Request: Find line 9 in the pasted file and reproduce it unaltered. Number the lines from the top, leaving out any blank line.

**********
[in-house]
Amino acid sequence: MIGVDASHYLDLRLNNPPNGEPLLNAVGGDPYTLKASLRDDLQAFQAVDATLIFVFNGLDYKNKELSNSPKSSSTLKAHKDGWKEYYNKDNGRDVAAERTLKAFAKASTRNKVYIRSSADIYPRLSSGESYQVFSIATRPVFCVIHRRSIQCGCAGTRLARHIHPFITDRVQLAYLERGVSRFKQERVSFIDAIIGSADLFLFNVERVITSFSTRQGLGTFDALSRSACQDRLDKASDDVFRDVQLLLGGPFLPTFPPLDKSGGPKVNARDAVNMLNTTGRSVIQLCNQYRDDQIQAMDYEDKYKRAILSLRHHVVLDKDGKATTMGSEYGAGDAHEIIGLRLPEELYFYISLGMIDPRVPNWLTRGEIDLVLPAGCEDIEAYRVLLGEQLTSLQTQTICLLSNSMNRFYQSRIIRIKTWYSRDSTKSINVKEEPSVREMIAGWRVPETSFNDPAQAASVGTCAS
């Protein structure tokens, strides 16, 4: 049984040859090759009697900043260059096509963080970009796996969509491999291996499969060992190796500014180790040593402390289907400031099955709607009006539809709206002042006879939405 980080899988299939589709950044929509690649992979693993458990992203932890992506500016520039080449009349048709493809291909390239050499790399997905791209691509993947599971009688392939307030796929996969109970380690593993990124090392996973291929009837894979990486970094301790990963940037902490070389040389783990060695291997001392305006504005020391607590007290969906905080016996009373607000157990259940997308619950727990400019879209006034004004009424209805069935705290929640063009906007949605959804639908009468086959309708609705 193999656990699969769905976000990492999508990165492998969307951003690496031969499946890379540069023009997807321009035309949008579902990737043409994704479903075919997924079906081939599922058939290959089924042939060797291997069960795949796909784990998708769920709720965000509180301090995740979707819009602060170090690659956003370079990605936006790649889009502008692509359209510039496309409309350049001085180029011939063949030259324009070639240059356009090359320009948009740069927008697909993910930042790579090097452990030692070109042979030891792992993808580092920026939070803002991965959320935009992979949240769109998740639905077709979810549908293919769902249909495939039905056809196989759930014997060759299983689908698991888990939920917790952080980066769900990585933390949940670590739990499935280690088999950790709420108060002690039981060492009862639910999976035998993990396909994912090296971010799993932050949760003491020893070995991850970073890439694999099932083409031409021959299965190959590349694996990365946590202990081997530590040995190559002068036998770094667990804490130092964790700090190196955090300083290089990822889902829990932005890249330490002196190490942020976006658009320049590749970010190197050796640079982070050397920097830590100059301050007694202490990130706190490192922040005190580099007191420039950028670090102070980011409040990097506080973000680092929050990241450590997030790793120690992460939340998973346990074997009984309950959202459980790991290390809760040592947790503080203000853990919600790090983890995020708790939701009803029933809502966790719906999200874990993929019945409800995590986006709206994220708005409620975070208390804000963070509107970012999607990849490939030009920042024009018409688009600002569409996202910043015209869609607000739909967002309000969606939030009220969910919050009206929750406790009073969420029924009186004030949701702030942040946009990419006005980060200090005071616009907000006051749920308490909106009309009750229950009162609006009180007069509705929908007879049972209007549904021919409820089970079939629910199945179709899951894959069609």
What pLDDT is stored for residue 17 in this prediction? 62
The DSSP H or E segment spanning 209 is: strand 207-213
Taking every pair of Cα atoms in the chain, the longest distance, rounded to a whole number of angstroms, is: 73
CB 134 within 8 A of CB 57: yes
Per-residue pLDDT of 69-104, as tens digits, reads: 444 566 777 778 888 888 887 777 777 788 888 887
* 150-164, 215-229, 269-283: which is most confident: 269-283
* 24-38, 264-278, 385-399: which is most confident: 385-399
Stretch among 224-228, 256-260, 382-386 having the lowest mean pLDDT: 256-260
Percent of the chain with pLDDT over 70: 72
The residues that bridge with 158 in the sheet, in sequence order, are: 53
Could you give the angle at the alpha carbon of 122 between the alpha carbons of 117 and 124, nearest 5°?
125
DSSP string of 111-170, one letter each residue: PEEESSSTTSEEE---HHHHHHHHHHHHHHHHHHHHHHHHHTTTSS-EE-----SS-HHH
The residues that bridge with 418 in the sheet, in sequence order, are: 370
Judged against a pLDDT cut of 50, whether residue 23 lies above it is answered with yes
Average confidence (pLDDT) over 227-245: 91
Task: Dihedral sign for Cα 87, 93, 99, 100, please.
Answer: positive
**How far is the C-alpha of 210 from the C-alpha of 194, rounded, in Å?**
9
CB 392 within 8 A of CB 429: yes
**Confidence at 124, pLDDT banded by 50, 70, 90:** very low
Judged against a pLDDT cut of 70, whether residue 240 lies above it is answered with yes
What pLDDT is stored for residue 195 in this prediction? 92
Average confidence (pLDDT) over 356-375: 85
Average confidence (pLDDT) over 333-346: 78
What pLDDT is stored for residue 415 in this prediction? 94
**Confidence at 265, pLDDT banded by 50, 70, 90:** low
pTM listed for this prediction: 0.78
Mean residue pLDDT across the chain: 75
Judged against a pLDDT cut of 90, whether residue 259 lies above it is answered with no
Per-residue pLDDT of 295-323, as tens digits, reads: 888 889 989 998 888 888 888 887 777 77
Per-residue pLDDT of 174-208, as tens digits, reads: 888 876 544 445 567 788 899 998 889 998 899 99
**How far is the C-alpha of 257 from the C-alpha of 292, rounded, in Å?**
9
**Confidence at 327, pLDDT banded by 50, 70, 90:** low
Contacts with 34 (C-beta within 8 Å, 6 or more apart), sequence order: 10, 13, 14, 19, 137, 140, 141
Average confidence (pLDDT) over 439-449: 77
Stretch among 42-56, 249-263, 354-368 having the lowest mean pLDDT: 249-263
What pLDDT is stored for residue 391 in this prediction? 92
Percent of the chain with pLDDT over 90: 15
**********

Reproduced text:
* 150-164, 215-229, 269-283: which is most confident: 269-283